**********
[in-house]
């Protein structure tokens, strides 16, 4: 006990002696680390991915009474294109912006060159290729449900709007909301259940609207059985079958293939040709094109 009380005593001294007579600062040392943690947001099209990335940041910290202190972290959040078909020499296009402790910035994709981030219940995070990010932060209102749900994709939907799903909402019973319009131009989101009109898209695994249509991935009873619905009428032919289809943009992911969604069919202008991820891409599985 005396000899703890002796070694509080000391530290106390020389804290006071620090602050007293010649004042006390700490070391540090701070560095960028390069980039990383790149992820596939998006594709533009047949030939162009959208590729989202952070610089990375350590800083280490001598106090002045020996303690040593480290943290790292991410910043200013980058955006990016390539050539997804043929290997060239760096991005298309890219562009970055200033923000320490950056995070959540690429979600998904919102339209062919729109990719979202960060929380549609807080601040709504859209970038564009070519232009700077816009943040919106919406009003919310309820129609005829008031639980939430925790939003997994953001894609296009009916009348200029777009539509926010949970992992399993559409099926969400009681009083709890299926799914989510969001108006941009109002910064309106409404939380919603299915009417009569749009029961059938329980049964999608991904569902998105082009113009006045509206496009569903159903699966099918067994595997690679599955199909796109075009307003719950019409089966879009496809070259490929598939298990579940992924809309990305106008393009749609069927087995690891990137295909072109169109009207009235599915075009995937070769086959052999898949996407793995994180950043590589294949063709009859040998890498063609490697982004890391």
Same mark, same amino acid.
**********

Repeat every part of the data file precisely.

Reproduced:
[in-house]
């Protein structure tokens, strides 16, 4: 006990002696680390991915009474294109912006060159290729449900709007909301259940609207059985079958293939040709094109 009380005593001294007579600062040392943690947001099209990335940041910290202190972290959040078909020499296009402790910035994709981030219940995070990010932060209102749900994709939907799903909402019973319009131009989101009109898209695994249509991935009873619905009428032919289809943009992911969604069919202008991820891409599985 005396000899703890002796070694509080000391530290106390020389804290006071620090602050007293010649004042006390700490070391540090701070560095960028390069980039990383790149992820596939998006594709533009047949030939162009959208590729989202952070610089990375350590800083280490001598106090002045020996303690040593480290943290790292991410910043200013980058955006990016390539050539997804043929290997060239760096991005298309890219562009970055200033923000320490950056995070959540690429979600998904919102339209062919729109990719979202960060929380549609807080601040709504859209970038564009070519232009700077816009943040919106919406009003919310309820129609005829008031639980939430925790939003997994953001894609296009009916009348200029777009539509926010949970992992399993559409099926969400009681009083709890299926799914989510969001108006941009109002910064309106409404939380919603299915009417009569749009029961059938329980049964999608991904569902998105082009113009006045509206496009569903159903699966099918067994595997690679599955199909796109075009307003719950019409089966879009496809070259490929598939298990579940992924809309990305106008393009749609069927087995690891990137295909072109169109009207009235599915075009995937070769086959052999898949996407793995994180950043590589294949063709009859040998890498063609490697982004890391």
Same mark, same amino acid.